If you want to get a headstart on the transition to eSIM, you can convert the physical SIM inside your current iPhone to an eSIM. From there, you’ll be able to transfer that eSIM to your new iPhone 14 when it arrives.
- On your iPhone, go to Settings> Cellular.
- Tap Convert to eSIM. If you don’t see this option, you’ll have to contact your carrier.
- Tap Convert Cellular Plan.
- Choose Convert to eSIM.
- Wait for your eSIM to activate. Once this is complete, your previous SIM card is deactivated.
- Remove the physical SIM and reboot your iPhone.
9to5Mac’s Take: Getting to an eSIM-only future
Leading up to the iPhone 14 event, there were rumors that Apple was planning to increase its focus on eSIM technology. It’d been rumored that Apple might ditch the physical SIM card altogether, but the announcement still came as a surprise to many people. But keep in mind: Steve Jobs never wanted the iPhone to have a SIM card tray.
For most people, the iPhone 14 eSIM transition should result in an experience that’s identical to a physical SIM, if not a better one. It won’t be nearly as dramatic of a lifestyle change as the removal of the headphone jack with the iPhone 7 was. The question, of course, is how seamless the process is to get to that point. While Apple has outlined the transition process, there are a number of variables at play.
My biggest concern is this: could the carriers become overburdened and face activation issues on iPhone 14 launch day? Presumably, transitioning millions of people to eSIM is more burdensome than users simply swapping their SIM card from their old iPhone to their new iPhone.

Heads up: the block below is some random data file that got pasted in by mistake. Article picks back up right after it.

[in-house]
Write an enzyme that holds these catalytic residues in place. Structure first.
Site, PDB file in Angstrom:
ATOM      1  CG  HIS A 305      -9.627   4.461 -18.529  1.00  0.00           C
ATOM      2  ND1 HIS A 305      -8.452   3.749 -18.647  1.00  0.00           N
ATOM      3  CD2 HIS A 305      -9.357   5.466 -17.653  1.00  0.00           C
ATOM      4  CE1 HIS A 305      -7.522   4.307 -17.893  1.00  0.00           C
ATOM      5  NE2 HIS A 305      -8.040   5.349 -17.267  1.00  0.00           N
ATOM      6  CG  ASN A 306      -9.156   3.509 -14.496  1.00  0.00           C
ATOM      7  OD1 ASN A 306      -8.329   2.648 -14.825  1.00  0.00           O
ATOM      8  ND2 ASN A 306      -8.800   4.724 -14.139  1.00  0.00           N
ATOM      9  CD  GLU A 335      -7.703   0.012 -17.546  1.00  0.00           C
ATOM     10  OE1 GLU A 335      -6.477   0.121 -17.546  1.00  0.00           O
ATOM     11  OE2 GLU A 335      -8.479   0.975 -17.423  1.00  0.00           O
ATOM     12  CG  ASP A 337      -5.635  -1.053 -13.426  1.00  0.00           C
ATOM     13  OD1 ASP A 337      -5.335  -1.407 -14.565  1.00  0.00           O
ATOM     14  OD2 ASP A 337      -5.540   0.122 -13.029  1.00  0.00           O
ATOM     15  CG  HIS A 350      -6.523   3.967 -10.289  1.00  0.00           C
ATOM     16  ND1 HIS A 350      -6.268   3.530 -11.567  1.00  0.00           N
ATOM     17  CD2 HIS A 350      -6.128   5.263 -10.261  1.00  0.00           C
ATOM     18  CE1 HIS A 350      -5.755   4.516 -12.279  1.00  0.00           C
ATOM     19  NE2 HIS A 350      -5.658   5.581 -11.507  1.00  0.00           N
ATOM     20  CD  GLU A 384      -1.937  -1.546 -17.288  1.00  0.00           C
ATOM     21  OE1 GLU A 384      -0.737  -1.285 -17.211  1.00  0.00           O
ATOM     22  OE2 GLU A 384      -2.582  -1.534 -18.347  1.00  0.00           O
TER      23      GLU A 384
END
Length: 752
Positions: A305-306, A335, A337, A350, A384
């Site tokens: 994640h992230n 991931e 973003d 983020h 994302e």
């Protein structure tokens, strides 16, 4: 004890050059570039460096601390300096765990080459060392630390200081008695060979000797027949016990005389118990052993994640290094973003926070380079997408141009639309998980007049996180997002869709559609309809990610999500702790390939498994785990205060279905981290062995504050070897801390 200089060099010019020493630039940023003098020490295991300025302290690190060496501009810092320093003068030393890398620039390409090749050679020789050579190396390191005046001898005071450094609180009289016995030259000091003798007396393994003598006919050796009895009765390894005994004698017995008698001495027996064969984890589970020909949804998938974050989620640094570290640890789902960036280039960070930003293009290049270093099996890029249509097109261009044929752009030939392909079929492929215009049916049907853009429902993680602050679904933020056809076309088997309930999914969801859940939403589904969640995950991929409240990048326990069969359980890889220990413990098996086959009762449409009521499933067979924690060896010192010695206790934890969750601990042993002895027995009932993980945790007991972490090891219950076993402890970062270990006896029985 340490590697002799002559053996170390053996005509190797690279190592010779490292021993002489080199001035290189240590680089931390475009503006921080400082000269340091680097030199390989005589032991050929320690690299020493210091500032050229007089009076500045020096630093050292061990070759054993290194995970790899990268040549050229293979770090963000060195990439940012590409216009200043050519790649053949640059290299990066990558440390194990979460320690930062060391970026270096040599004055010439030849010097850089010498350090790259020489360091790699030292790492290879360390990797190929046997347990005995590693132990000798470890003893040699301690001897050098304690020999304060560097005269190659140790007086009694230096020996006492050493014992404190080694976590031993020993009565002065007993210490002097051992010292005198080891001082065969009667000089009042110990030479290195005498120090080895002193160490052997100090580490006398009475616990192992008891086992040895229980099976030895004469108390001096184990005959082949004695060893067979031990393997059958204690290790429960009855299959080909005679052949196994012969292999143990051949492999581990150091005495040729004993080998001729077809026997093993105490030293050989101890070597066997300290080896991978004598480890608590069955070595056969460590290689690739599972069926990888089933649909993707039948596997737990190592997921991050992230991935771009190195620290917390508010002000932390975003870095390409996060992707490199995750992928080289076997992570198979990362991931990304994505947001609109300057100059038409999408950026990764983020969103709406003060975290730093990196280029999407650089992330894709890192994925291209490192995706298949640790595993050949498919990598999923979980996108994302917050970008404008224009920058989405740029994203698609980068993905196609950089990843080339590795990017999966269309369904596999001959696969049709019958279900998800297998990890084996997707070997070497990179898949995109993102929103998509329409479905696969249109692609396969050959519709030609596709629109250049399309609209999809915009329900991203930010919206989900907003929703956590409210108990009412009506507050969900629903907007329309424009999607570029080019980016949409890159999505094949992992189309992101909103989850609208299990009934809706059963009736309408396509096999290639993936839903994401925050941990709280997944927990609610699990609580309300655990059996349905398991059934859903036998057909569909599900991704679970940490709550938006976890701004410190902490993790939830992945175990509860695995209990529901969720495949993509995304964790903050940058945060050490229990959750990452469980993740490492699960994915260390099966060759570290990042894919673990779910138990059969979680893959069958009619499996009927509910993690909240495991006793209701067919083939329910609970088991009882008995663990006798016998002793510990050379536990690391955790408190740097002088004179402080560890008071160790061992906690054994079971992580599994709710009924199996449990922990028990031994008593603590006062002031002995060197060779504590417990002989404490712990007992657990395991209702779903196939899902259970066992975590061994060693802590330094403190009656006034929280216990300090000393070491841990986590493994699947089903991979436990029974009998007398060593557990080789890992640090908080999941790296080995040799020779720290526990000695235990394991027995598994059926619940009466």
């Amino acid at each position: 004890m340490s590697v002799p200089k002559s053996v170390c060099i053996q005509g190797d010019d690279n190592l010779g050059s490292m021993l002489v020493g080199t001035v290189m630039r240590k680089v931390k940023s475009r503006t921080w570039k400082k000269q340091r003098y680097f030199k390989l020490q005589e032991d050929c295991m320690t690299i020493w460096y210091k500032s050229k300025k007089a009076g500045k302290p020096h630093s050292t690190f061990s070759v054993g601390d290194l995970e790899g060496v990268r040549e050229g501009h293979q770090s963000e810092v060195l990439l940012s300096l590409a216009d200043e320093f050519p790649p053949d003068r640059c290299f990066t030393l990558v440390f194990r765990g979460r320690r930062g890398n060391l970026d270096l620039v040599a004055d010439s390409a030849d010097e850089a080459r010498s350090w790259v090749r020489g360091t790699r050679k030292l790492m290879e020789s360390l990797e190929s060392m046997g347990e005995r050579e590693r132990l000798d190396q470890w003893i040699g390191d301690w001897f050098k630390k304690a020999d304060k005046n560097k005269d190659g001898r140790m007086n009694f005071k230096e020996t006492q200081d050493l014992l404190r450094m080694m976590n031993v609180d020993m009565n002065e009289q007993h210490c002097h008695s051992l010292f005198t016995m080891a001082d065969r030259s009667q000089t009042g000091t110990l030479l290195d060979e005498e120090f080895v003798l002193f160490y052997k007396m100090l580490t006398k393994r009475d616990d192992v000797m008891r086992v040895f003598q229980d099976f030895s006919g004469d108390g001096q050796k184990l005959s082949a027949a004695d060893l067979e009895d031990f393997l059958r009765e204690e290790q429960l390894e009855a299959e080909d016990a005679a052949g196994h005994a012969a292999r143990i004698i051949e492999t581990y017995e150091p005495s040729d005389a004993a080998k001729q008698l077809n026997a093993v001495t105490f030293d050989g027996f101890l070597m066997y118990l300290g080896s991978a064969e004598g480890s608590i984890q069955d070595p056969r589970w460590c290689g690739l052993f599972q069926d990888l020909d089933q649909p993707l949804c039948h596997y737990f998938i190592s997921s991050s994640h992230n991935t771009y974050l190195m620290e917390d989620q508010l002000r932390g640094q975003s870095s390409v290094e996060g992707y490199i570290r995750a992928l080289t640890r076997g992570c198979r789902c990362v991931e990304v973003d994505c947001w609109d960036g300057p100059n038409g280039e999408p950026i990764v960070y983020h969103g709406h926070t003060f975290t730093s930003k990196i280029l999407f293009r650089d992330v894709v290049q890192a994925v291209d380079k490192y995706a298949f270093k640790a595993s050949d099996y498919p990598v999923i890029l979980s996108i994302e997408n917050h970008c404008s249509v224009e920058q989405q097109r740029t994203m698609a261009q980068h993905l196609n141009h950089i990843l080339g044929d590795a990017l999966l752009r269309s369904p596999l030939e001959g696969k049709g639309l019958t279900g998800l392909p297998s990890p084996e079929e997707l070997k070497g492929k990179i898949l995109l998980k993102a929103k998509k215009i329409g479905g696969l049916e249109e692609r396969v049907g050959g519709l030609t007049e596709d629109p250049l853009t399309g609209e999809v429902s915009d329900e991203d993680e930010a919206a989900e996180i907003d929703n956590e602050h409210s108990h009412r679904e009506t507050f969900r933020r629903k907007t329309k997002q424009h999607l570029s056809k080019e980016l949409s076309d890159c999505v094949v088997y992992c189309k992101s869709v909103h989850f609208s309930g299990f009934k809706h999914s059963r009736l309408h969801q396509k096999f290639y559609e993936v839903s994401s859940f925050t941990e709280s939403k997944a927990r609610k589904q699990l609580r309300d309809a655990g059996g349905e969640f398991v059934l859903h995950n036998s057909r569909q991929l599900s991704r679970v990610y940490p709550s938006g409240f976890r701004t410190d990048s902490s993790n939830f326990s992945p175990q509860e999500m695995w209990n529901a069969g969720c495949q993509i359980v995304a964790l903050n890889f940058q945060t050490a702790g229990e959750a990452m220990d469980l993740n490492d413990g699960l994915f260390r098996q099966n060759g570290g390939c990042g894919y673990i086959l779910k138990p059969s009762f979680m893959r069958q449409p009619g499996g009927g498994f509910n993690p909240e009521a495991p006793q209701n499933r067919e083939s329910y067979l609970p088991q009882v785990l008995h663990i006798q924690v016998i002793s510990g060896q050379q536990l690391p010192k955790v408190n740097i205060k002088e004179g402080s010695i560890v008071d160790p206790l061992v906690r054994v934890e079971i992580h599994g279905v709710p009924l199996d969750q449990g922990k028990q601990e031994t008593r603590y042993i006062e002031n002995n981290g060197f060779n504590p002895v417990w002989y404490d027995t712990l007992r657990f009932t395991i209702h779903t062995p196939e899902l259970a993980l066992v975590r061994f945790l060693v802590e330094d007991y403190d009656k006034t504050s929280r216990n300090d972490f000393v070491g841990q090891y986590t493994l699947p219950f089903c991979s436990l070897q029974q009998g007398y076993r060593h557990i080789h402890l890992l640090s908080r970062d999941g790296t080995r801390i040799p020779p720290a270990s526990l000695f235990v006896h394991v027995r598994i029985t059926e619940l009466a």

Remember the days when we had to plug in our iPhones to iTunes to activate them? Apple’s servers could prove unreliable during this process, but AT & T’s activation process was notoriously finicky. Could eSIM setups and provisioning cause similar headaches?
Another concern of mine is that this could potentially give carriers more power. They could implement user-hostile restrictions and make it harder to switch to a competing network. They could charge additional “activation” fees. US carriers have been known to push the limits on what smartphone users are willing to put up with, so this will be something to keep an eye on.
But even if there are some speedbumps in the transition to eSIM, the end result will be a lot more convenient for (most) users. For example, it should make the process of switching carriers much easier. It also means there is one less physical port on your iPhone. When setting up a new iPhone, you won’t have to worry about losing or damaging your SIM card either.
In terms of traveling internationally, the fact that the iPhone 14 can store multiple eSIMs should make this process easier. The key, however, will be using a carrier that supports eSIMs at all. This could present a problem for travelers using an iPhone 14 from the United States in a country where eSIM technology is not as widespread.
Long-term, I’m curious to see what removing the SIM card tray means for iPhone design and durability. The removal of the headphone jack with the iPhone 7 helped pave the way for improved water resistance and the iPhone X’s all-new design just one year later.
What do you think of the iPhone 14 only supporting eSIMs in the United States? Is Apple making this change too early? Let us know down in the comments.